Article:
Clapping Back at the Stereotype of the Perverted Old Man

Celebrate sexuality — don’t shame it

Yael Wolfe
Jan 14 · 6 min read
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Photo by Shamim Nakhaei on Unsplash

wanted to tell you a joke, but it’s a little bawdy and I don’t want you to think I’m a perverted old man,” Frank said to me one day, recently.

“Why would I think that?” I asked. My friend is such a kind man and very appropriate. I can’t imagine anyone thinking of him as “perverted.”

“You know how it is,” he says, and waves his hand. “Older guys get that sometimes.”

We eventually get to his joke (which was hilariously raunchy) but I only half-listened because I was still thinking about the “perverted old man” comment. Frank, at 71 years old, is 23 years older than I am. So yes, you could perhaps call him an “old man,” at least just in terms of his age, but “perverted?” Why? Because he has a slightly naughty sense of humor (as do I) and happens to still be interested in the topic of sex? He is a human being, after all, so this hardly seems like anything out of the ordinary.

This isn’t the first time I’ve heard men bring up this term. In fact, I’ve had many older men reach out to me in the past six months who have specifically referenced it for one reason or another. Some wanted to ask for advice about their relationships with their wives or girlfriends, but were hesitant to express themselves fully either to me or to their partners for fear of appearing like that “perverted old man.” Others shared their frustrations that since they reached a certain age, any expression of sexuality makes them feel judged as a “perverted old man.”

It’s true that I have encountered some men who have made my skin crawl with their lewd behavior, inappropriate words, and unwanted physical contact — some who happened to be old, yes — but I’ve always bristled at the phrase “perverted old man.” I don’t think it’s fair, for a few reasons.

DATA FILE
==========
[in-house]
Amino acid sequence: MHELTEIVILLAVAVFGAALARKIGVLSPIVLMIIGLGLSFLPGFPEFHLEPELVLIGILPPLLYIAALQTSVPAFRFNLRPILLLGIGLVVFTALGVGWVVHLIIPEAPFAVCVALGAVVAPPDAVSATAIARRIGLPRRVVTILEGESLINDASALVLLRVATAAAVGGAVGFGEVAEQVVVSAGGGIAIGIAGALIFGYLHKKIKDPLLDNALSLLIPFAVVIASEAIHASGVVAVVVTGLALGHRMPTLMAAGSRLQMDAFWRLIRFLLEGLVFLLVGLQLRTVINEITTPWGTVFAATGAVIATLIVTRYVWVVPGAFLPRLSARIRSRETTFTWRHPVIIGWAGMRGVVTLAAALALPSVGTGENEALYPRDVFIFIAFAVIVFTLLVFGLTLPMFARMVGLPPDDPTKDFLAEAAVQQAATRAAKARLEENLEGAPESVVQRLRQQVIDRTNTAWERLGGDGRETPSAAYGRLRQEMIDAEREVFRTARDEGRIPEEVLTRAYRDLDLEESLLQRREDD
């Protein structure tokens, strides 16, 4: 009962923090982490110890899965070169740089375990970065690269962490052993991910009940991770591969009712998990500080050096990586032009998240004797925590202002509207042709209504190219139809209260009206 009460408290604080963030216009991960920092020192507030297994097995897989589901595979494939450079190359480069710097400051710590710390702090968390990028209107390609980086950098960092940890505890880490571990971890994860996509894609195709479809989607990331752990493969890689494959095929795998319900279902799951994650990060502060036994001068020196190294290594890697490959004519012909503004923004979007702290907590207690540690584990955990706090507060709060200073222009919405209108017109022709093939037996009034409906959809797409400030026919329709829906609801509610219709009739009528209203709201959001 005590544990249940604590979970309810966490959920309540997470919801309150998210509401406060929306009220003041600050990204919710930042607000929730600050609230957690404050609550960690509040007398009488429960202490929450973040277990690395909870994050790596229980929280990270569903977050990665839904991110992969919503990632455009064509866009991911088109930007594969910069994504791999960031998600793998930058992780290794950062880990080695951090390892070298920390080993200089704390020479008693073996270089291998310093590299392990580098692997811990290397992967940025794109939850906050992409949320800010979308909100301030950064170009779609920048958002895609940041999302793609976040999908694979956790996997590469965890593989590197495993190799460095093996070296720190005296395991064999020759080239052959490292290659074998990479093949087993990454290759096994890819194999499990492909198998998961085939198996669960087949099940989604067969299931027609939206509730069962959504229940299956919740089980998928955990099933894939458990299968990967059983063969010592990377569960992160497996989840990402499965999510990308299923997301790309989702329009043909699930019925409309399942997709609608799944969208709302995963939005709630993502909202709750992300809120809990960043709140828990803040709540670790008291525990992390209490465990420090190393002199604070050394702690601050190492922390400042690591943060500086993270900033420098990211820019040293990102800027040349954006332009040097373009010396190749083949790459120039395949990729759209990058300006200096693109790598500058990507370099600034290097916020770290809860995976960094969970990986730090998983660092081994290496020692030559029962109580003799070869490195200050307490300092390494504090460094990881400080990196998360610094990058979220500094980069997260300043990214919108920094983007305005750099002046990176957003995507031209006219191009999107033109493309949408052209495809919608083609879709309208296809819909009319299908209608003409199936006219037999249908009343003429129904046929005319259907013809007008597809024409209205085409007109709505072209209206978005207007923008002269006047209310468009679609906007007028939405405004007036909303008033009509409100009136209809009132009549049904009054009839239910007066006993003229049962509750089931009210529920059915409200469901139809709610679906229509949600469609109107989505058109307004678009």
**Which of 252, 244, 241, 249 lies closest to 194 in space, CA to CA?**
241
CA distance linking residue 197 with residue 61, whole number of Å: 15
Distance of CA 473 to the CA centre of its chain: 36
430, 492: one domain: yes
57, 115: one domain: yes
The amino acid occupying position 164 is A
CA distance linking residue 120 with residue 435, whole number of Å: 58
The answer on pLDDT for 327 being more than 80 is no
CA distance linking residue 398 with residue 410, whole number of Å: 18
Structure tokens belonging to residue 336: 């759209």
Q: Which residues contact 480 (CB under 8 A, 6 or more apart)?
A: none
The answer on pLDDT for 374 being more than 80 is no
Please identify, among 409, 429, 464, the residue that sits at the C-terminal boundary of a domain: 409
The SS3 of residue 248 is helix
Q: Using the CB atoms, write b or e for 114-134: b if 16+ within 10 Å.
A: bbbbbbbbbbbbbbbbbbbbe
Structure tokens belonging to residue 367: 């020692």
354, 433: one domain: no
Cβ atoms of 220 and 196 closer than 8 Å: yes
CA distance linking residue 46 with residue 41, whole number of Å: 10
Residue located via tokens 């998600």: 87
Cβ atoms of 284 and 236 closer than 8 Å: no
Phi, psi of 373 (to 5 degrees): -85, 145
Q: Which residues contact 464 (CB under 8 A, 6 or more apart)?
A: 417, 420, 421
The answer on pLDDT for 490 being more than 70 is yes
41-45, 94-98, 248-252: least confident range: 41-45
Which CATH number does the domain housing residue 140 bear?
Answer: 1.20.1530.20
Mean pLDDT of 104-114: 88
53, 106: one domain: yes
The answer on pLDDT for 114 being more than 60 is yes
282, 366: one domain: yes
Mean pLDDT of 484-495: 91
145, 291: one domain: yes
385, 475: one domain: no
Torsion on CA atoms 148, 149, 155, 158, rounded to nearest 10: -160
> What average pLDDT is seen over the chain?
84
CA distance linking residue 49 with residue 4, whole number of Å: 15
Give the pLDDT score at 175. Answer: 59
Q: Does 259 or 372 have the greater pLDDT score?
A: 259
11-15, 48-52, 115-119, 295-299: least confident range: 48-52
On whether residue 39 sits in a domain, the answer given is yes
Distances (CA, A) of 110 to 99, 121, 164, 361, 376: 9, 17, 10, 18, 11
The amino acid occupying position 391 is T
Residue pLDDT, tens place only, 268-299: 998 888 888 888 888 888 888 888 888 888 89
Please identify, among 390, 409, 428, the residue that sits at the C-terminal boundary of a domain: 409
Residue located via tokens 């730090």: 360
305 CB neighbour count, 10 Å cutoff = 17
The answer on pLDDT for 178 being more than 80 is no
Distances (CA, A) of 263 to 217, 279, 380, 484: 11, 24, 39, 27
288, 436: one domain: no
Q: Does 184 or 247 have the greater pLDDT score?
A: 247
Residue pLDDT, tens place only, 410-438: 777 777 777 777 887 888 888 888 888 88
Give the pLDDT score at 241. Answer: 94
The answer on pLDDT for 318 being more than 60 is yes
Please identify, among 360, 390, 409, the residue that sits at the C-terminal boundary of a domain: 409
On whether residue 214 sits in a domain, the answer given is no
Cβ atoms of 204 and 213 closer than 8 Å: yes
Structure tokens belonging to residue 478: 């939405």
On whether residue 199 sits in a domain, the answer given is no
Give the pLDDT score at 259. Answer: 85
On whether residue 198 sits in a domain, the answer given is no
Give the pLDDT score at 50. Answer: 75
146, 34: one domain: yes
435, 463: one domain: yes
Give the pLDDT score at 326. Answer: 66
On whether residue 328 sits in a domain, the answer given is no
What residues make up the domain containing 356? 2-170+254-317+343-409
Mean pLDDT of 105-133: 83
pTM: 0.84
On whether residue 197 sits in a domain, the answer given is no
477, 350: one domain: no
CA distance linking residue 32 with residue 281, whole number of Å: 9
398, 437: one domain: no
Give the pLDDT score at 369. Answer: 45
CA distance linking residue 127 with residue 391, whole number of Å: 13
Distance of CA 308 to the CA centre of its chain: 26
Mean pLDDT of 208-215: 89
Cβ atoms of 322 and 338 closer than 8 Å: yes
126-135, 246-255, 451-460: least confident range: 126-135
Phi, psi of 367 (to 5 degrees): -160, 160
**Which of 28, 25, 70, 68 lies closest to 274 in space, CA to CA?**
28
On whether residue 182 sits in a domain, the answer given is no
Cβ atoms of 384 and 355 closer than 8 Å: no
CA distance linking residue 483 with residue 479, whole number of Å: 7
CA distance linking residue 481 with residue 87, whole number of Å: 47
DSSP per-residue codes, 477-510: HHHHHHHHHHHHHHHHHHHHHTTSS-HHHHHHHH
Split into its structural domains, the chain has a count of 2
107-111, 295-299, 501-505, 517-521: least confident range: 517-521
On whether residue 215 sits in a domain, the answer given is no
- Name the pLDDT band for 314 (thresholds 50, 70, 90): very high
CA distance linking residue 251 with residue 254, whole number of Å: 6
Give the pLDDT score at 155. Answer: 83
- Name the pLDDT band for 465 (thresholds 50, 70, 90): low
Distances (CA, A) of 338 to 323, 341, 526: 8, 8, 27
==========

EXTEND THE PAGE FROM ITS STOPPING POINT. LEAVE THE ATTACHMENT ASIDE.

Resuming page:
Are we supposed to lose interest in sex after a certain age? And if so, what age is that? 50? 60? 70?

Our culture would make us believe that sexuality is only real, interesting, and viable if it involves people who are young and attractive. Believe me, every woman over 40 can tell you that even though you might feel like you’ve just hit your sexual peak, the world suddenly starts to treat you differently. You might finally feel liberated enough to hop in the sack with any partner that strikes your fancy, but the world is not as eager to witness the sexuality of a woman over 40.

Men can get away with it if they look and/or act a certain way — and, let’s be honest, money helps. But eventually, they face this ageism, too. Like, eww, if you’re a wrinkly, bald dude with graying chest hair, oh my god, surely you can’t possibly be interested in sex anymore. And if you are…eww!

This is, of course, total bullshit. Human beings are sexual creatures, and in general, their sexual desire doesn’t just disappear one day because they happen to reach a certain age. It might be harder to act on it or achieve sexual satisfaction, but the desire does not go away.

Here’s where it gets really sticky: Men have always been relatively free to express their sexuality in our culture. In fact, their sexual expression and fulfillment is, in general, celebrated.

Men have been taught that it’s okay to express themselves sexually — so they do. But when they reach a certain age, their sexual expressions, a privilege once so protected, suddenly meet a culture that shames older people for having sexual desire. Thus, an older man who happens to want to make a bawdy joke, watch porn, or hope that his date will end in his bedroom is suddenly considered a pervert.

This isn’t a problem for women, you see, because our expressions of sexuality have never been protected, encouraged, or celebrated. We face being shamed for our desire whether we are young, old, or anything in between.

Just to be clear: In both cases, this isn’t a healthy response to appropriate expressions of sexuality. There’s nothing gross or wrong about older people being interested in sex.